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Why is the God of the OT so Angry and the God of the NT so Loving?

August 11, 2013

Richard Dawkins said in his book, the God Delusion “The God of the Old Testament is arguably the most unpleasant character in all fiction: jealous and proud of it; a petty, unjust, unforgiving control-freak; a vindictive, bloodthirsty ethnic cleanser; a misogynistic, homophobic, racist, infanticidal, genocidal, filicidal, pestilential, megalomaniacal, sadomasochistic, capriciously malevolent bully.” He said this because of the Old Testament commands to completely wipe out certain people groups, particularly the Canaanites.

The Bible says that God is holy, holy, holy. This is a Hebrew way of indicating the supreme magnitude of something. In this case it is used to describe God as being supremely holy. The Bible never says God is love, love love, or mercy, mercy, mercy, or justice, justice, justice. It only says God is holy, holy, holy. Because He is supremely holy, He cannot tolerate evil. Is it wrong then for God to choose to end a person’s life or the lives of all people in a nation if that person or that nation is decidedly evil? If God ends someone’s life is it murder? Since God is the author and giver of life, can’t he also choose when to end the life of a person or the lives of all people in a nation? According to the Bible, there is a new creation that all people will be a part of (either in God’s presence – heaven, or outside of God’s presence – hell). Can’t God choose to transport people from one realm to another whenever he chooses?

With that as background, let’s consider the Canaanites and God’s command to the nation of Israel to wipe them out and take over their land. First we need to remember that God had punished the Israelites for 400 years by sending them into captivity in Egypt. During these 400 years, the Canaanites engaged in idol worship that included all sorts of evil acts, the worst of which was the sacrifice of their children to the “god” Molech. Molech was a brass idol with outstretched hands. The Canaanites would build a fire at the base of the brass idol and lay their children in the hot outstretched arms of Molech. To keep the parents from hearing the cries of their children, the “priests” would beat their drums very loudly. God warned the Canaanites to stop this practice and others like it in the 400 years leading up to the ultimate defeat of Canaan, but they refused to repent of their evil acts so God commanded their destruction.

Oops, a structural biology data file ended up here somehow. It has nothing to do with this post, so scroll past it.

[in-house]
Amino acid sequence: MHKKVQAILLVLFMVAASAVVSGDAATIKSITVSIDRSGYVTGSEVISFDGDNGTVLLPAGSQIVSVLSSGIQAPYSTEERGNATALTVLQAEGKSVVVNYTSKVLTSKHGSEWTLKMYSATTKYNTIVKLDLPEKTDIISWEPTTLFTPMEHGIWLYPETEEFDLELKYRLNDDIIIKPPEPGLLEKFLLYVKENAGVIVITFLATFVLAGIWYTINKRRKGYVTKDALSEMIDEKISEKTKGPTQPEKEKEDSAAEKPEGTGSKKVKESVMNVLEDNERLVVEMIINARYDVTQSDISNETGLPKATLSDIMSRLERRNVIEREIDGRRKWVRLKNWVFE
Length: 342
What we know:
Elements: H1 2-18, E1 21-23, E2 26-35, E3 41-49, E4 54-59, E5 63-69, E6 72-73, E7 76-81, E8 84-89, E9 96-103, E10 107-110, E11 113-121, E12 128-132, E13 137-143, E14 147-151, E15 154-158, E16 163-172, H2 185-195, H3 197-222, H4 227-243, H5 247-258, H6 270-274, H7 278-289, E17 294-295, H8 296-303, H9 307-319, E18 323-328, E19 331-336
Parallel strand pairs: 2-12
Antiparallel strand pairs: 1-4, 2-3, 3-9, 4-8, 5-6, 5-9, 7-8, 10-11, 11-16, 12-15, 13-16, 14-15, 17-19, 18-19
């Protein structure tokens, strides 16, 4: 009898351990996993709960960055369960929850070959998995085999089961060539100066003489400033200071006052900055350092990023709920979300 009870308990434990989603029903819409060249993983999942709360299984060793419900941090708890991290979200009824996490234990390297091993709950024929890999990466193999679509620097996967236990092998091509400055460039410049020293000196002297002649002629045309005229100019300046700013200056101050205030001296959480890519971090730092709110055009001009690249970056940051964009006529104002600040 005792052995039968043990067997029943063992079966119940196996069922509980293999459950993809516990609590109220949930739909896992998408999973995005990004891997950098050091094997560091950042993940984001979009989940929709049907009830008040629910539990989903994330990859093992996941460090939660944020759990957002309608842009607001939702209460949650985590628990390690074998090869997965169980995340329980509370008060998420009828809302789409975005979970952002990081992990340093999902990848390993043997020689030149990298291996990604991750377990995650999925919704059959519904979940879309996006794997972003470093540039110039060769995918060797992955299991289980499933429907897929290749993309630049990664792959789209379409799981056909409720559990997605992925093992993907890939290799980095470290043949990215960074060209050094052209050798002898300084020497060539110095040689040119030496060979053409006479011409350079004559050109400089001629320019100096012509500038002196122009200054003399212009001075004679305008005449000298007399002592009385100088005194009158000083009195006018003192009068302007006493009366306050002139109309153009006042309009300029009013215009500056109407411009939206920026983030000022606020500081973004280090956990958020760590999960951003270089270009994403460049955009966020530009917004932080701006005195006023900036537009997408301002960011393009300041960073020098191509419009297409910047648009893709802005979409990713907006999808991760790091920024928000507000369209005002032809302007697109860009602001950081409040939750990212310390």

Why God chose to destroy the Canaanites is a difficult question for Christians to answer. Based on the nature of the God I have come to know, I believe that if the Canaanites had repented of their evil ways and turned toward following God, He would have relented of his decision to destroy them. The Canaanites did no such thing. They refused to repent and added evil upon evil to what they were already doing. God can only tolerate wickedness for so long. The fact that he patiently waited for them to repent for 400 years is remarkable considering He is holy, holy, holy.

We see this pattern over and over again where God warns people to repent and if they don’t, judgment is delivered to them. The Israelites went into Egyptian captivity, Assyrian captivity and ultimately Babylonian captivity for the same reason – they had turned against God. Before God judged the Assyrians and the Babylonians, he warned them too. This is a repeating pattern in the Bible.

In the New Testament God still judges nations and causes nations to rise and fall. Consider Hitler’s Germany. The destruction of millions of Jews led ultimately to Germany’s destruction. In America we are murdering millions of unborn babies. Is this why our nation is in decline?

There is one significant difference between the Old Testament and the New Testament. That difference is in Jesus’ death on a very cruel cross. Our sins have been paid through Jesus’ vicarious, substitutionary death. That is a game changer. Though we are sinners deserving death and eternal punishment, at the cross of Jesus our sins were imputed to Him and his righteousness was imputed to us. People are still judged. Nations still rise and nations still fall. God is actively involved in the rise and fall of nations, but we don’t perceive it because he acts in subtle ways. God is loving, but he is also righteous and holy, holy, holy and will only tolerate evil for so long.

The questions that remain are these. Are you following God or not? Will God bring judgment to you or graciously forgive your sins? Are you willing to ask his forgiveness or are you going to stubbornly do whatever you choose to do, no matter how much it displeases God?

The decision is yours.

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